Lynne Sladky, AP
SALT LAKE CITY — The Green River Medical Center is the only option for health care on a 235-mile stretch of highway in eastern Utah.
Without it, "they would be in trouble here," said Mary Winters, executive director at the center. "We are considered frontier."
The 5,000-square-foot community health center — one of the three smallest of its kind in the country — is just one of 11 similarly located throughout the state that serve a high-need community, providing quality health care to patients for sometimes little or no payment.
"I think it is absolutely vital," Winters said, adding that about 43 percent of the population served by the clinic is either uninsured or underinsured. "They don't have the ability to pay — or pay much, for that matter," she said.
The small community of fewer than 1,000 residents depends on the federally funded network of care, but they're not the only ones in need. Community health centers throughout Utah served more than 112,000 patients last year.
Most patients are able to pay a nominal fee for treatment, but it rarely covers the cost of their care. There are also hundreds of providers outside the community health network that provide free or low-cost health care to their patients, also at a loss and in the name of charity.
"What we are finding is charity care is not free," said Pamela Atkinson, a local advocate for the homeless who serves as the head of the Charity Care Team, a work group created by Utah's Health Reform Task Force and the governor's Medicaid Expansion Options Community Workgroup.
The group has been studying the potential of a charity care network in Utah, which some lawmakers believe could help eliminate health problems for the uninsured.
Atkinson, who routinely seeks and provides assistance for Utah's underserved populations, said it is difficult to know how much care is provided without expectation of payment in the state. Many medical offices, clinics and even hospitals, she said, offer deep discounts or collect nothing for services rendered.
With a relatively selfless population in Utah, it's a market that Atkinson believes is largely untapped.
The idea to beef up charitable care was offered in the midst of heated debates about proposed Medicaid expansion during the most recent legislative session. Rep. Jacob Anderegg, R-Orem, said that when given a chance, Utahns would step up to help.
"We have the power to do this ourselves," Anderegg said during a floor debate on the Medicaid bill.
Utah Gov. Gary Herbert has yet decide to expand Medicaid, an option under the Affordable Care Act, that would extend coverage to more than 130,000 uninsured Utahns.
While the state is renowned for its charitable characteristics, Atkinson said it is difficult to quantify how much is available, how much is necessary and how to make sure quality care is being offered.
The group is surveying retired physicians to determine their willingness to return to the industry when called upon to give much-needed care.
"We really, truly can in Utah show the nation how it can be done," said Sen. Allen Christensen, R-Ogden.
A retired dentist, Christensen is chairman of the state's Health Care Reform Task Force and is also working on the committee to study charity care.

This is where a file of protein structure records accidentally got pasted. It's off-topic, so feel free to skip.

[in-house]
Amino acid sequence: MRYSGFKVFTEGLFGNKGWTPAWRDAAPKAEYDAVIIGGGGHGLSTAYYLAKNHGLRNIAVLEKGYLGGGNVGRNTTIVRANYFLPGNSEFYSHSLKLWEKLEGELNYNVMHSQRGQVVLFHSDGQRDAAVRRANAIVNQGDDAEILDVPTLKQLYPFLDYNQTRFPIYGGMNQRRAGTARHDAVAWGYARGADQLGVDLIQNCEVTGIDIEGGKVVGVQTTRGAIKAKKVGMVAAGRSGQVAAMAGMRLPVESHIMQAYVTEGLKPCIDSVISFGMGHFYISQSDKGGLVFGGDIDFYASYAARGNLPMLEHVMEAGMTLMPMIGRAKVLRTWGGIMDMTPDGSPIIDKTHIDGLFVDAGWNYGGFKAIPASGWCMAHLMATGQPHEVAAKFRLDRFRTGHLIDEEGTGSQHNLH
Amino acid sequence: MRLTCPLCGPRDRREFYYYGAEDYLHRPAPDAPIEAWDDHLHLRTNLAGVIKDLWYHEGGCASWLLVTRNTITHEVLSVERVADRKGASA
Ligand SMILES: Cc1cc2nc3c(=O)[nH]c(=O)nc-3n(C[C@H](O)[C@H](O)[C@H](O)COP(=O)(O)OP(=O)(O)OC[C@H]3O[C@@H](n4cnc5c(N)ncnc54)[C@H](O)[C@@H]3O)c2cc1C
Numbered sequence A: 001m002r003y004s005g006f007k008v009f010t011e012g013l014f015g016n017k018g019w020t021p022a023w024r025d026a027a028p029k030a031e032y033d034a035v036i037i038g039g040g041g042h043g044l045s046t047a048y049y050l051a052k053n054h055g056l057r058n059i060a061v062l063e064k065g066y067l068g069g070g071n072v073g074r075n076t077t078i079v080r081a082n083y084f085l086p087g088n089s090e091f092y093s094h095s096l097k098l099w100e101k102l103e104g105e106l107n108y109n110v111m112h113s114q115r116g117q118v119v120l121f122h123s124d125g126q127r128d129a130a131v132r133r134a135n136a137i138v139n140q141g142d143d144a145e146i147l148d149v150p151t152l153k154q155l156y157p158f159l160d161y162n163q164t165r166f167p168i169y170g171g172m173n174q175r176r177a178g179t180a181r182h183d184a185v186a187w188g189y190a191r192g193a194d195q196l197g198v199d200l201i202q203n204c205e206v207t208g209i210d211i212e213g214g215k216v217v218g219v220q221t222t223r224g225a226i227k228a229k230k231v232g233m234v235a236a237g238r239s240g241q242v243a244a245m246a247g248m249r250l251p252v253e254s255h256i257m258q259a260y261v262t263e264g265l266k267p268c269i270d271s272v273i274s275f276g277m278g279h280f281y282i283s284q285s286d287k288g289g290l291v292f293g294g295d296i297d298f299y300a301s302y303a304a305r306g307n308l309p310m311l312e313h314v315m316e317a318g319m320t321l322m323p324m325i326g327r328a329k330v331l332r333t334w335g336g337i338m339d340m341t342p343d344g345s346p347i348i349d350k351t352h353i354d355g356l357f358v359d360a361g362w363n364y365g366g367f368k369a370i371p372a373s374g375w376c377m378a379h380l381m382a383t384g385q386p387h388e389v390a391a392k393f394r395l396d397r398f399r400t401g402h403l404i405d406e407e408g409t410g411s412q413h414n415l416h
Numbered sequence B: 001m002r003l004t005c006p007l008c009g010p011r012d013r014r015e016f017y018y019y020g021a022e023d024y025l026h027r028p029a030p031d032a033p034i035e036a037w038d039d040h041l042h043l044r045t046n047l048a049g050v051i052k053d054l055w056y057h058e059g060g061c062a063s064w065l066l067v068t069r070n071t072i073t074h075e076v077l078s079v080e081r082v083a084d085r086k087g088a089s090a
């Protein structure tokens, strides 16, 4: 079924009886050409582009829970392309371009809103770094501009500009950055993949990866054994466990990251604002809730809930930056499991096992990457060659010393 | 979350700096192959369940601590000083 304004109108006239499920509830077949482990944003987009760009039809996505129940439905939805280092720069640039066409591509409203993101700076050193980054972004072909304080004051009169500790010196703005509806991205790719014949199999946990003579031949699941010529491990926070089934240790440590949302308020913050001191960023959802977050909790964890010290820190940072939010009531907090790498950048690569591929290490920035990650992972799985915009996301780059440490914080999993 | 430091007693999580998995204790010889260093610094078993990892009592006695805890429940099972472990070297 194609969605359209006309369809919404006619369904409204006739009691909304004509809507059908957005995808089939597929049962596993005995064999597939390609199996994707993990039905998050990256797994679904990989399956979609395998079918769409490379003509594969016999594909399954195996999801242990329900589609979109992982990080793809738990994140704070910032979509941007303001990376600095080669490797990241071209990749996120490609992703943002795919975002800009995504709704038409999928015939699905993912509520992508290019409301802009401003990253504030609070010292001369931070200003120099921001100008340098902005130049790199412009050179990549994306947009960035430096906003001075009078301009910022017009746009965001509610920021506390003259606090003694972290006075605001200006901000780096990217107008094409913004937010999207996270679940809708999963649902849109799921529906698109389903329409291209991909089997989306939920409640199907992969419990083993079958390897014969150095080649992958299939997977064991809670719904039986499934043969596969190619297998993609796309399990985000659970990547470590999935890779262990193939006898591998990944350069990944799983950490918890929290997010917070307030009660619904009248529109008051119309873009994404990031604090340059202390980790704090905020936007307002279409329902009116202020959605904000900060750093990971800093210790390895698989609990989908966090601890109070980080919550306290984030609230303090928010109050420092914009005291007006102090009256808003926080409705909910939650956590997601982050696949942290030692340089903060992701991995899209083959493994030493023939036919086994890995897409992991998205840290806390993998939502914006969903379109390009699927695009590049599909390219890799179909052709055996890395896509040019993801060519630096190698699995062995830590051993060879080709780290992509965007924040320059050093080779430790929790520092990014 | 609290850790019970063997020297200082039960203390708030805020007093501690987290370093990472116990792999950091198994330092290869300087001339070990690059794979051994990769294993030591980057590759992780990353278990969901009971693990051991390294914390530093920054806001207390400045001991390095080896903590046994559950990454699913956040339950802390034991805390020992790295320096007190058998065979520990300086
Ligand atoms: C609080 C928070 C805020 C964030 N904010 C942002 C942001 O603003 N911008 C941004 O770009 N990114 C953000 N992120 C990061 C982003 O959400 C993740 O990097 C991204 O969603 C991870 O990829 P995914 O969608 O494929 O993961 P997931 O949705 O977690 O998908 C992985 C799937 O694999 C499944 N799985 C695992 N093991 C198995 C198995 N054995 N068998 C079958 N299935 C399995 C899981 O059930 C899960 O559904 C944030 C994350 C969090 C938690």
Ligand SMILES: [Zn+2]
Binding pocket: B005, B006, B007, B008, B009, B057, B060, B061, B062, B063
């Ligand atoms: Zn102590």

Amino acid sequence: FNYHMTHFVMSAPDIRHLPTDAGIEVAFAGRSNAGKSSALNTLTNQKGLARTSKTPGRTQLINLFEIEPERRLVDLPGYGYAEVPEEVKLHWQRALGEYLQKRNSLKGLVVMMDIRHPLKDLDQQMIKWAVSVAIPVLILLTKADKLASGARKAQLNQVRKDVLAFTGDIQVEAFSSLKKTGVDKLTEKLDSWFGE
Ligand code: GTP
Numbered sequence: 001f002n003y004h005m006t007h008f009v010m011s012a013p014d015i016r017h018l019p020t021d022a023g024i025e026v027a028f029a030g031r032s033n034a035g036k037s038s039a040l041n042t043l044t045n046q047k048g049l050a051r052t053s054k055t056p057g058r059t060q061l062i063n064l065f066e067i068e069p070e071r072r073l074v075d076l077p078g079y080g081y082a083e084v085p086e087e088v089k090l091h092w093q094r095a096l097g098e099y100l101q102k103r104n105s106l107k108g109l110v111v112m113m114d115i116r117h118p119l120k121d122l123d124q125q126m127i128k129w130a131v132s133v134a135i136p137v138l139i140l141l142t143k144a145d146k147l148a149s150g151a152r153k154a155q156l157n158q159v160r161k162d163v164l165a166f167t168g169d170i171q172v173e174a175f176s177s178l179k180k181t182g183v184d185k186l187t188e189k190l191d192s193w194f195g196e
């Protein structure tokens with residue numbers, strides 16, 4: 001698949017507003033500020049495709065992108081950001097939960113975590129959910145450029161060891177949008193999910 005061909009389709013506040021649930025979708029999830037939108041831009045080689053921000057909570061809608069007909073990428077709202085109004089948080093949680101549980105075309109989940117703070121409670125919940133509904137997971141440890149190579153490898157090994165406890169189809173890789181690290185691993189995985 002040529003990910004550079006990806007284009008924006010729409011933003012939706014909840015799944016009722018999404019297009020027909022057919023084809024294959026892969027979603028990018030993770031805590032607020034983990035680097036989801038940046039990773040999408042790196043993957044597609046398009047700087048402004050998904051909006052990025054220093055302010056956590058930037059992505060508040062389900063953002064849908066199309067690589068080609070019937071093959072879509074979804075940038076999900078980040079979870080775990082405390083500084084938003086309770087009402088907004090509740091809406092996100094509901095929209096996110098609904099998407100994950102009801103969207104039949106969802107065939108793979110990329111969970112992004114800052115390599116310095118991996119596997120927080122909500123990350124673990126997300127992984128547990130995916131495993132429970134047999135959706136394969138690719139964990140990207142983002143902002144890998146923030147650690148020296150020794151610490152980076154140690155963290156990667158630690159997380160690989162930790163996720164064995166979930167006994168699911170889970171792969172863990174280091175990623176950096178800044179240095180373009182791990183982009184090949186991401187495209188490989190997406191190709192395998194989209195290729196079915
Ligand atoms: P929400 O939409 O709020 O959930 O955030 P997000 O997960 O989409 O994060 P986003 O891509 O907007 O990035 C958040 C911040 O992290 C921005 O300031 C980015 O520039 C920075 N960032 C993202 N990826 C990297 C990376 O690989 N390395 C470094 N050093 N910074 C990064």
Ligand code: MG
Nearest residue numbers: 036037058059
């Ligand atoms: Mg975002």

He said he expects a lot of physicians to come out of the woodwork to offer assistance.
The Sutherland Institute, a nonpartisan conservative public policy Utah think tank, has long backed charity care.
It has presented many opinions on the matter, hoping to "reverse the ever-growing burden on taxpayers from Medicaid and other state government-driven programs," according to a 2008 policy brief titled “Caring for Our Neighbors in Need and Strengthening Community in Utah."
On Tuesday, Stan Rasmussen, Sutherland's director of public affairs, told the task force that there are many challenges to providing adequate charity care, including that it isn't readily available everywhere in the state and patients often don't know where to find it.
Rasmussen said human beings "should be attentive to the needs of each other, and should not have to rely on mechanisms of government."
The federal government has promised to fund 100 percent of the Medicaid expansion in Utah for at least the first three years. After that, the state would be responsible for 10 percent of the cost to extend coverage to more people, and beyond that, financing is uncertain.
For people who rely on government-subsidized health care, such as those in Green River, there is no substitute.
"We render really good health care here," Winters said, adding that it couldn't be done without federal funding.
The center is required to meet and work on various performance measures, maintaining standards as good quality health care.
While residents heavily rely on the medical facility, it is also essential to the many visitors to nearby state parks and travelers on the highways that cut through town. Like many medical facilities, patients receive care at the center regardless of their ability to pay.
Treatment for specialty care is outsourced, if patients can travel, and holes in health care are expected in the small community, as it will never be large enough to warrant a hospital, Winters said.
Lawmakers on the task force also agree that as long as there are people to treat, there will always be a demand for charity care. It is a dilemma that Christensen said could use some creative thinking and long-term commitment.
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